I mentioned in my last post that during lockdown, I’ve been taking full advantage of my library subscription and utilising the audiobook facility. I adore listening while cooking or on my walks or pottering around the house, finding great comfort in the spoken words during these long winter days. I’ve already listened to five ebooks since January 2021, yet this one in particular has left me compelled to share my thoughts with you.
The Prosecutor by Nazir Afzal has been on my list since it was published almost a year ago, back in April 2020. I’ve been aware of Nazir’s legal work for longer though, gaining a deep insight into the impact and importance of his legacy and activism as I attended various training courses and conferences around domestic abuse, FGM, modern slavery and so-called ‘honour killings’.
For those of you that aren’t familiar, here is a brief overview (taken from the Penguin website):
The outsider who transformed our justice system
Nazir Afzal knows a thing or two about justice. As a Chief Prosecutor, it was his job to make sure the most complex, violent and harrowing crimes made it to court, and that their perpetrators were convicted. From the Rochdale sex ring to the earliest prosecutions for honour killing and modern slavery, Nazir was at the forefront of the British legal system for decades.
But his story begins in Birmingham, in the sixties, as a young boy facing racist violence and the tragic death of a young family member – and it’s this that sets him on the path to his groundbreaking career, and which enables him to help communities that the conventional justice system ignores, giving a voice to the voiceless.
A memoir of struggle and survival as well as crime and punishment, The Prosecutor is both a searing insight into the justice system and a powerful story of one man’s pursuit of the truth.
I listened intently as Nazir begin his memoir with tales of his childhood, peppered with travels that changed him indefinitely, grief, his encounters of racist abuse and attacks, and being raised by a proud father and strong mother in the UK. It was through seeing first-hand injustices in his own community and subsequently being told, ‘that’s just the way it is’ that inspired Nazir to embark on his legal career.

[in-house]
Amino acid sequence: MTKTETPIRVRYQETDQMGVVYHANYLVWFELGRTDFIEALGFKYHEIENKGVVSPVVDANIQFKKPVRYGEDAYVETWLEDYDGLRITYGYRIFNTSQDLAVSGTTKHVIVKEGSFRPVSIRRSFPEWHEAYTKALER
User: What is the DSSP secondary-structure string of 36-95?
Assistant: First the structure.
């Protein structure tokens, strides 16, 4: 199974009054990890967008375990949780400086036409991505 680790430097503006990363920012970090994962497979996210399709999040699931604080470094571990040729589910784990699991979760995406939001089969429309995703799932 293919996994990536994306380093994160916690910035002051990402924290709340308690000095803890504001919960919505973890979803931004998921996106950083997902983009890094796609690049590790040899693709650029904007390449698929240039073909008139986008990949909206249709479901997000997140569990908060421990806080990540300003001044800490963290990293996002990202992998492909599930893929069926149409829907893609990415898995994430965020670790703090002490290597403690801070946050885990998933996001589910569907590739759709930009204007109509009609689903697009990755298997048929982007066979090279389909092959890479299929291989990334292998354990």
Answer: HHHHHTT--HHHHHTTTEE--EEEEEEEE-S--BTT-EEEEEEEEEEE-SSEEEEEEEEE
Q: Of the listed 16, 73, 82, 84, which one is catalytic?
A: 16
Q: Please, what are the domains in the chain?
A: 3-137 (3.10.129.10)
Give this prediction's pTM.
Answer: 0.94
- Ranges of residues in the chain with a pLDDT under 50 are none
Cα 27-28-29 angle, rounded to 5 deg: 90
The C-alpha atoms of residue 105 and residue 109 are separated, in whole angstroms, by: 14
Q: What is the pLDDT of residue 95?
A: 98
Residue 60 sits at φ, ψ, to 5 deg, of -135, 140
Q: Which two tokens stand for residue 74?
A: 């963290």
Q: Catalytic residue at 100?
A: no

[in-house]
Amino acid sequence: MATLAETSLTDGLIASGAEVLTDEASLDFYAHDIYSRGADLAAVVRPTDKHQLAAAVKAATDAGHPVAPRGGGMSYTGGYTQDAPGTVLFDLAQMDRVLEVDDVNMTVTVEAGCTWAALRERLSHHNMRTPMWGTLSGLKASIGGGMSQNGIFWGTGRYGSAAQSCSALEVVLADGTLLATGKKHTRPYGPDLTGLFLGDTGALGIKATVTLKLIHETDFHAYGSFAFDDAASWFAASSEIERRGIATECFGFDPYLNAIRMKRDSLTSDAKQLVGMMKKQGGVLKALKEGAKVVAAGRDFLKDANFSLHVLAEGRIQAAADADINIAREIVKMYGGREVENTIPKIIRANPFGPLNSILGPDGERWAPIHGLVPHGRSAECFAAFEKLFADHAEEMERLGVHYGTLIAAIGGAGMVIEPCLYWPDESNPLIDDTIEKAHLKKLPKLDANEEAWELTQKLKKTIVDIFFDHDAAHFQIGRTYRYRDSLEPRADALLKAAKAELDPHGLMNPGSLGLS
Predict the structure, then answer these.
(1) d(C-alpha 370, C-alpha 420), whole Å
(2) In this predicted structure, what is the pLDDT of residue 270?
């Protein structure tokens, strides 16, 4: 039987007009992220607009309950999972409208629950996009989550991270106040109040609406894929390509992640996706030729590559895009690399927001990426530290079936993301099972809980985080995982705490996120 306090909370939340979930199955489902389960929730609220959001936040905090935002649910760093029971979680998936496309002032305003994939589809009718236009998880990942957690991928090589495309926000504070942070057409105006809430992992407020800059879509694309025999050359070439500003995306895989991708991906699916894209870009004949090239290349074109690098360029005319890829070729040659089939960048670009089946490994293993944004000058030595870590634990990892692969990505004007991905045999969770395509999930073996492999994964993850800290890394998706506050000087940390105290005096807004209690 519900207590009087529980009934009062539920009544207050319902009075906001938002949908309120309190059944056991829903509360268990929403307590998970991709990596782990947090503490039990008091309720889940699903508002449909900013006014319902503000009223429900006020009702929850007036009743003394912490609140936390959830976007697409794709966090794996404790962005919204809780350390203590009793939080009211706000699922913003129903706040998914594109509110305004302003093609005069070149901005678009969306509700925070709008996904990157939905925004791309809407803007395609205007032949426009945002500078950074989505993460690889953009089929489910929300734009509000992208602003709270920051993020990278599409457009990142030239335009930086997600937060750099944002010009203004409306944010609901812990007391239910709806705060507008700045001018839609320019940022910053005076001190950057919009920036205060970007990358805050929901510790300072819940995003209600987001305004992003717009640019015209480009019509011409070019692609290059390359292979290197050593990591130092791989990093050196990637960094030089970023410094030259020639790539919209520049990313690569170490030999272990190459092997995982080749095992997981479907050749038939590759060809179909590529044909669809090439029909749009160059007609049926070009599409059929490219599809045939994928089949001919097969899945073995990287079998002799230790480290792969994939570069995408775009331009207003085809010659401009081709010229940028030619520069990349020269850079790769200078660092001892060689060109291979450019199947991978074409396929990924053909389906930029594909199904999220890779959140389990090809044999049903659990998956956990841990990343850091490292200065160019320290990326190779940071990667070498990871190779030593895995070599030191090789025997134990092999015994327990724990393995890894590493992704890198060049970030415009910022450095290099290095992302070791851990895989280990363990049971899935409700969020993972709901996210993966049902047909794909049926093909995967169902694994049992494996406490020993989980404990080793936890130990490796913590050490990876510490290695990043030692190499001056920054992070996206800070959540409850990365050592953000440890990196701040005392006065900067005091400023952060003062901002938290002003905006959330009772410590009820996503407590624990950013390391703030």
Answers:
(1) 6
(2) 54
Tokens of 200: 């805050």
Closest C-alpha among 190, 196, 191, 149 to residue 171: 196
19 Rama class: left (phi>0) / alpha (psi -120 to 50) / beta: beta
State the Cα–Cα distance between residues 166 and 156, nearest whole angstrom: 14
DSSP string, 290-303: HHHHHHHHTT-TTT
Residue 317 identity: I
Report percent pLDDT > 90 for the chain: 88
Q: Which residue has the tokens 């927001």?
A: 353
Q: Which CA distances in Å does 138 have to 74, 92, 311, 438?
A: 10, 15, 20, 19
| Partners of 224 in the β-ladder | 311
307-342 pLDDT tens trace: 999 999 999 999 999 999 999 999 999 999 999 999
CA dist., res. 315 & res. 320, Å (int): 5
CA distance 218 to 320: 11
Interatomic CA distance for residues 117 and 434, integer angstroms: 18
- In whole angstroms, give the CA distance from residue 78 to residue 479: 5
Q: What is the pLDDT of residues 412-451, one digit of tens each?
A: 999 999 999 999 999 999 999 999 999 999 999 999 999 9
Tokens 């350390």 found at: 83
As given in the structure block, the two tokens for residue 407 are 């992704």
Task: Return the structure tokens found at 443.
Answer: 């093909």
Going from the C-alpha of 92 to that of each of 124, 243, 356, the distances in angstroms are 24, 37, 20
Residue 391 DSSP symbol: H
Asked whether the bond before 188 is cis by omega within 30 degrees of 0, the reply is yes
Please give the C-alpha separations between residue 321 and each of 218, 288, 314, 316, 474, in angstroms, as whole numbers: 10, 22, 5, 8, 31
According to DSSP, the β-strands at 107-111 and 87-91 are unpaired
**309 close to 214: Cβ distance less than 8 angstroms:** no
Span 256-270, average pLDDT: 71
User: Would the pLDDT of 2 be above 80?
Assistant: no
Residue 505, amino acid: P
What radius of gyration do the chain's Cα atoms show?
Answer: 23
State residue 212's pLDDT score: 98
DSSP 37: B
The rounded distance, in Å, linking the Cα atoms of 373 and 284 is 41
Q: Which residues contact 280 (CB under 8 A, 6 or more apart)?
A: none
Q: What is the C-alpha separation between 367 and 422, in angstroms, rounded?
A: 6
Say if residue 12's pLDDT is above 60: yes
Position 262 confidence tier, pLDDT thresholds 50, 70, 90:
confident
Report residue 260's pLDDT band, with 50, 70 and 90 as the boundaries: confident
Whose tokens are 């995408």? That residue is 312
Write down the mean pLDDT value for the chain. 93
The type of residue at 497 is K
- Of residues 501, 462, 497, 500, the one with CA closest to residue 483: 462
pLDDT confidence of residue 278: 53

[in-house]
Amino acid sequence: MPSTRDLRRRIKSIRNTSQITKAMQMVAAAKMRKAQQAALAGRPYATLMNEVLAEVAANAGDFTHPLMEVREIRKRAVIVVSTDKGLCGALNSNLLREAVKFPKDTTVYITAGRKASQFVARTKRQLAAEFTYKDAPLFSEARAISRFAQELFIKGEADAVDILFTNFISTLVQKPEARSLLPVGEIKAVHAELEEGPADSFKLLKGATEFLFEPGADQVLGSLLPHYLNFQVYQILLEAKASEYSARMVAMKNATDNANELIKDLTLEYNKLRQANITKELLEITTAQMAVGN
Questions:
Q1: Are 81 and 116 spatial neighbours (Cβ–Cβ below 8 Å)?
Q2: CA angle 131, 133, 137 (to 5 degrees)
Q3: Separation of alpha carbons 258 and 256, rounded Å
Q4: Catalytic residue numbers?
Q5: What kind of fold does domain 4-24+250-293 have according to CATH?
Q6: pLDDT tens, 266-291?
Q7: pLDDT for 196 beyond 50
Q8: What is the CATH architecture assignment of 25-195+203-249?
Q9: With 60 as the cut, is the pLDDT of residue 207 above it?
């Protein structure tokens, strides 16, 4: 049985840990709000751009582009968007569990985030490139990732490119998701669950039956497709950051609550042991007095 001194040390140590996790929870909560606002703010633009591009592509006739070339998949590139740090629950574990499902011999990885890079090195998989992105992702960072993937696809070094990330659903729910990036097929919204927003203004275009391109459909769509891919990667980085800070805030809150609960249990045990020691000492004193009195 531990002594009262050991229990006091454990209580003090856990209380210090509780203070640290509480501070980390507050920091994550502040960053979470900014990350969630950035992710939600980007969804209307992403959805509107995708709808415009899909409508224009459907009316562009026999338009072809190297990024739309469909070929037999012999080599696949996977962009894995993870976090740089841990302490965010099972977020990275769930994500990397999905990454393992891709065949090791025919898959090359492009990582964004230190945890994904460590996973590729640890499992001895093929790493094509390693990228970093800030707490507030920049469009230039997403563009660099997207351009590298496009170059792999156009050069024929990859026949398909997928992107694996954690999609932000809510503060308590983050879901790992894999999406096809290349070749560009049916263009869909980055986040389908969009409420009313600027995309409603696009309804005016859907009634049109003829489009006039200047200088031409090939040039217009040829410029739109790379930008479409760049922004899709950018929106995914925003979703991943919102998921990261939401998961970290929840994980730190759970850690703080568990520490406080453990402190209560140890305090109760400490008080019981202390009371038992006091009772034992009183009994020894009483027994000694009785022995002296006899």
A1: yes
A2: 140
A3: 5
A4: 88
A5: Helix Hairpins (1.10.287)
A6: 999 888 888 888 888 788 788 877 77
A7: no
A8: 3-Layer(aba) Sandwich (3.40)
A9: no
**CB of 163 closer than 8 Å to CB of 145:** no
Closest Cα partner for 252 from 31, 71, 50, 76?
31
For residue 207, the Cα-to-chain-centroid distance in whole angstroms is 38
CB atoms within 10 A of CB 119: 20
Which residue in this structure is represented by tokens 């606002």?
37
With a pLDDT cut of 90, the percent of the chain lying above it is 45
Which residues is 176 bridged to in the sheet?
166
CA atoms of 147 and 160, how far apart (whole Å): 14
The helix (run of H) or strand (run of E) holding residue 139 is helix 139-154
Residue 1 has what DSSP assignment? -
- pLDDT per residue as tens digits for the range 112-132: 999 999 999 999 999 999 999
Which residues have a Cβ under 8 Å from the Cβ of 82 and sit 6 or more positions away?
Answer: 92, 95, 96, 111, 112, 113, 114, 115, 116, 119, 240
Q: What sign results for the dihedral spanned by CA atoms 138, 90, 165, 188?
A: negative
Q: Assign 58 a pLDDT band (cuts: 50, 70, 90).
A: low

Once qualified and established as a criminal defence solicitor, he soon talks of the case in which his personal values meant he decided to walk away from that role for good. Nazir then joined the Crown Prosecution Service (CPS) and played a key part in making some important and timely changes to the system, having an undeniably profound impact on many lives.
Social equality and justice is something that I have a keen interest in. I connected with this book instantly, consuming it within one weekend. Nazir’s values mirror my own and I felt myself nodding in agreement with many of his opinions. He told his stories with humility and transparency, ensuring that the cases he discussed never detracted from the victims and outcomes.
Some of these cases were close to home, quite literally in the last few chapters, as Nazir moved to the North West in 2011 and began working as the Cheif Crown Prosecutor. These include the Manchester gang criminal who callously took the lives of two female police officers, Nicola Hughes and Fiona Bone, in 2012, and another who coldly shot 23-year-old student, Anuj Bidve, in broad daylight. The Rochdale grooming case has been widely publicised within the national media but to hear about this from Nazir’s perspective was fascinating yet heartbreaking and infuriating at the same time.
One that I was already aware of, yet still shocked me all over again, was a landmark modern slavery case in Salford, involving a deaf child being trafficked to the UK and used as a slave to a millionaire couple, who between them, repeatedly raped and beat her for many years, amongst other despicable acts. What struck me when listening to Nazir talk about this case, and how he worked directly with the victim to pursue justice, was his sincerity and determination to do the right thing, whatever the cost.
He is also very open and opinionated about the flaws within the legal system, discussing his concerns about a lack of diverse leadership, industry professionals not being allowed to speak up, and the real and detrimental impact of budget cuts. Nazir also shares the effect his work inevitably had on his family life, putting them in unpleasant situations at the hands of certain far-right groups and extremists.
Much of Nazir’s work, even to this day, involves challenging the exploitation of women and girls, highlighting the importance of us all speaking out against dangerous and outdated behaviours and attitudes. His unwavering integrity and passion for helping to eradicate such abhorrent, damaging issues, and willingly lending his powerful voice to those who do not have one, is clear and admirable.
I found The Prosecutor to be less of an overly glamorised ‘true crime’ book and more of a first-hand, honest insight into how these cases progressed behind the scenes, which in my option, is what made it so engaging. This narrative helped me, as a reader, to stay grounded, and served as a frequent reminder that these cases centre around real human beings and are not simply sources of entertainment.
You can more about Nazir and his work here: www.nazirafzal.co.uk